So those are the two big ones, and there are smaller and a little more trivial ones, like read out at supermarket checkout counters. You know, you have a code on each article, it’s read by a little laser and so even with the ambient light it doesn’t matter, the reflection on the code gives the information of what article and how much it cost. And the other, which seems rather trivial, but is very important, is to use laser beams which propagate straight lines over long distances. They are used to lay pipelines, including trivial things like sewer lines. I lived in a suburban neighbourhood and there were no sewers yet, and then in 1972 they laid out the sewer line with laser beams. That saves a lot of manpower, you need only one person with a mirror somewhere to do it. But of course, all the major oil pipelines and gas pipelines, they are all laid out by laser beams, and any big building that goes up, the verticals and horizontals are all checked with laser beams. So in the constructing industry it is a very widespread use, too.
Did you think it would have such an impact?
Nicolaas Bloembergen: No. For several years, in the early 1960s, my colleague, Art Schawlow, with whom I shared the prize in 1981, he said the laser is a solution looking for a problem. He had a sense of humour. And that was really true, and all the applications really came gradually in the next decade.
The laser technique is also used in the military industry, of course.
Nicolaas Bloembergen: That was an application that was recognised very early by people concerned with defence.
Have you had any thoughts about whether scientists have any responsibility …?
Nicolaas Bloembergen: Certainly, but what do you do? You know, science itself is basically neutral, and then you get the problem, should I refuse to help to defend my country? So I was advising government committees on the use of laser beams in trying to shoot down intercontinental missiles. And soon thereafter we realised that it would be very difficult, and then 20 years later in 1981 President Reagan instituted the strategic defence initiative and the idea was to put lasers in the upper atmosphere and just beyond in space, and try to shoot down incoming missiles, supposedly, which might be fired by the Soviet Union. And then we wrote a report because everybody felt that that would not be feasible. Neither scientifically nor technologically.
But many people were afraid to express, well, they expressed their opinion, they weren’t afraid to express their opinion, but then they got the answer you haven’t studied the problem. So the American Physics Society said we’ll go and make a scientific study of the issues involved and then we’ll come out with a public report. But they selected 14 or 15 people and I and Kumar Patel were co-chairmen of that committee and the reason these people were chosen is because they had never gone very open in public of what their political opinions were. And we were not supposed to give any political opinion, just as scientific, purely scientific evaluation.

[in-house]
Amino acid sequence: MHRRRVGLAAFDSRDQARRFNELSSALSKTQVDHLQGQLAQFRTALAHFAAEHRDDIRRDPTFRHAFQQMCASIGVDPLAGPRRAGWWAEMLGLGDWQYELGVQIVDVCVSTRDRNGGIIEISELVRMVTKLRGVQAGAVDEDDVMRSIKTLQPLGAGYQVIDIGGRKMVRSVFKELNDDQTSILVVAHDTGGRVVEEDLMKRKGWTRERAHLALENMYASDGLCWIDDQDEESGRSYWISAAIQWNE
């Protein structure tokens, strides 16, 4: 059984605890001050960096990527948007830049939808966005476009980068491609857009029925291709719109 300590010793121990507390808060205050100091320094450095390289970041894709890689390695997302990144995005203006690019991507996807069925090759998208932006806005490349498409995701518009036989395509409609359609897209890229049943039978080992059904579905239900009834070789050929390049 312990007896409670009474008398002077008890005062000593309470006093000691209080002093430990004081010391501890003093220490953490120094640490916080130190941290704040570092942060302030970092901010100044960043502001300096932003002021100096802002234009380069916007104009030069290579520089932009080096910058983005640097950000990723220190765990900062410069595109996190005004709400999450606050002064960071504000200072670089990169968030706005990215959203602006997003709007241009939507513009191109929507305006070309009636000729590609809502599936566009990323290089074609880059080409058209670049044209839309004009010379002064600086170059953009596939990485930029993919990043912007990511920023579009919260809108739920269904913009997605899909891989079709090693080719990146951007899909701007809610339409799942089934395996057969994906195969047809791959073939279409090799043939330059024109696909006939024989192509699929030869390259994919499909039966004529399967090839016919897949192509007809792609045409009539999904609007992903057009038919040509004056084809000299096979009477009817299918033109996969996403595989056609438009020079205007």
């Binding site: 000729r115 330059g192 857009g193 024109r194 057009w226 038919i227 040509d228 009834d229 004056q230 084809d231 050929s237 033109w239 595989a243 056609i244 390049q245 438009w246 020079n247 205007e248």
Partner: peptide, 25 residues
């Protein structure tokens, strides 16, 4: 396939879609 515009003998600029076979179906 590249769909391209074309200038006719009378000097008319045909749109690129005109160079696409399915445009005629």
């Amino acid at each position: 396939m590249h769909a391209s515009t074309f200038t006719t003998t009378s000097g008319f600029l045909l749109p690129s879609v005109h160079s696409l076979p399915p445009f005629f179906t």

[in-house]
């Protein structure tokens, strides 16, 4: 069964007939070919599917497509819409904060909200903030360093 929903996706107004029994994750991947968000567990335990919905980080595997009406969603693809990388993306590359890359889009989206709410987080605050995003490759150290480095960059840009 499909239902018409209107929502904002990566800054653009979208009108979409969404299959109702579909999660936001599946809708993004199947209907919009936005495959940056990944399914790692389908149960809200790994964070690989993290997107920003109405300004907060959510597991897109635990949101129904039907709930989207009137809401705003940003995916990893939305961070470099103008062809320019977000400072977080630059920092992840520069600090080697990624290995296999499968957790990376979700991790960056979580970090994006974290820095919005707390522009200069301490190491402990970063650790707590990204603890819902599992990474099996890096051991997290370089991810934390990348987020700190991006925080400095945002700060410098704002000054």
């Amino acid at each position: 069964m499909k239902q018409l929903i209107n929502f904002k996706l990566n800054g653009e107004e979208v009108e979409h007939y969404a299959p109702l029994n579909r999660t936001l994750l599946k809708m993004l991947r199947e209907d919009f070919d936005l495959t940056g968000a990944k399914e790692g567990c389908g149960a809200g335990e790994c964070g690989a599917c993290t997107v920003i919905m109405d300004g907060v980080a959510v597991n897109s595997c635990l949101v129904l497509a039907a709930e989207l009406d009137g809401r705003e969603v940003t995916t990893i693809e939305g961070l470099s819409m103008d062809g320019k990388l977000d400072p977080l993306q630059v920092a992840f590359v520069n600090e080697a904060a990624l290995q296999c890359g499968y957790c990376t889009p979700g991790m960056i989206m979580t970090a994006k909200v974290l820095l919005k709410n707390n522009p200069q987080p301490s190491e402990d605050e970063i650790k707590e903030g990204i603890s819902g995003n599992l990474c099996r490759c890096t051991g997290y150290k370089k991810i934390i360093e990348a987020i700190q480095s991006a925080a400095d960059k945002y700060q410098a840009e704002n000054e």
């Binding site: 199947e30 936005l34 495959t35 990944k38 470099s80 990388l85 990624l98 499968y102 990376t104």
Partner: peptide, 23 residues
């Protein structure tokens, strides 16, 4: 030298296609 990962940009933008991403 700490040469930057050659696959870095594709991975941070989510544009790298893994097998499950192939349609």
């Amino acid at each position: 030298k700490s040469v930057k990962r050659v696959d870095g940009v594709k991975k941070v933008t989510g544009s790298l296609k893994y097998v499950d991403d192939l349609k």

And your opinion was that it wasn’t feasible.
Nicolaas Bloembergen: And then we studied the problem for a year and a half or two years. We all had access to top secret data, because if we didn’t critics would say well, you’ve written this report, but you don’t know the secrets. And so if you knew what I know your conclusions would be the opposite. And so, in order to avoid that, we had access to all the government installations and government workers who worked on the problem. So we could judge … You know, initially, I really thought there are certain things I don’t know because they have been kept secret, and maybe there is something that might make the strategic defence initiative possible. But we found that that was not the case.
Nicolaas Bloembergen: And we wrote a report, and the report had to be public, and of course it had to be cleared that we didn’t spill any secrets, and it was refused twice. First by the security agent of the SDI itself, but then they considered it so important that after he cleared it also the security agent of the Ministry of Defence had to evaluate it again. And that caused a delay of eight months, but it did come out, and we wrote the conclusions and even in the 20 years that have since past, almost 20 years, 15 years, everything is still valid, all we said.
So you don’t see that there will be in the near future …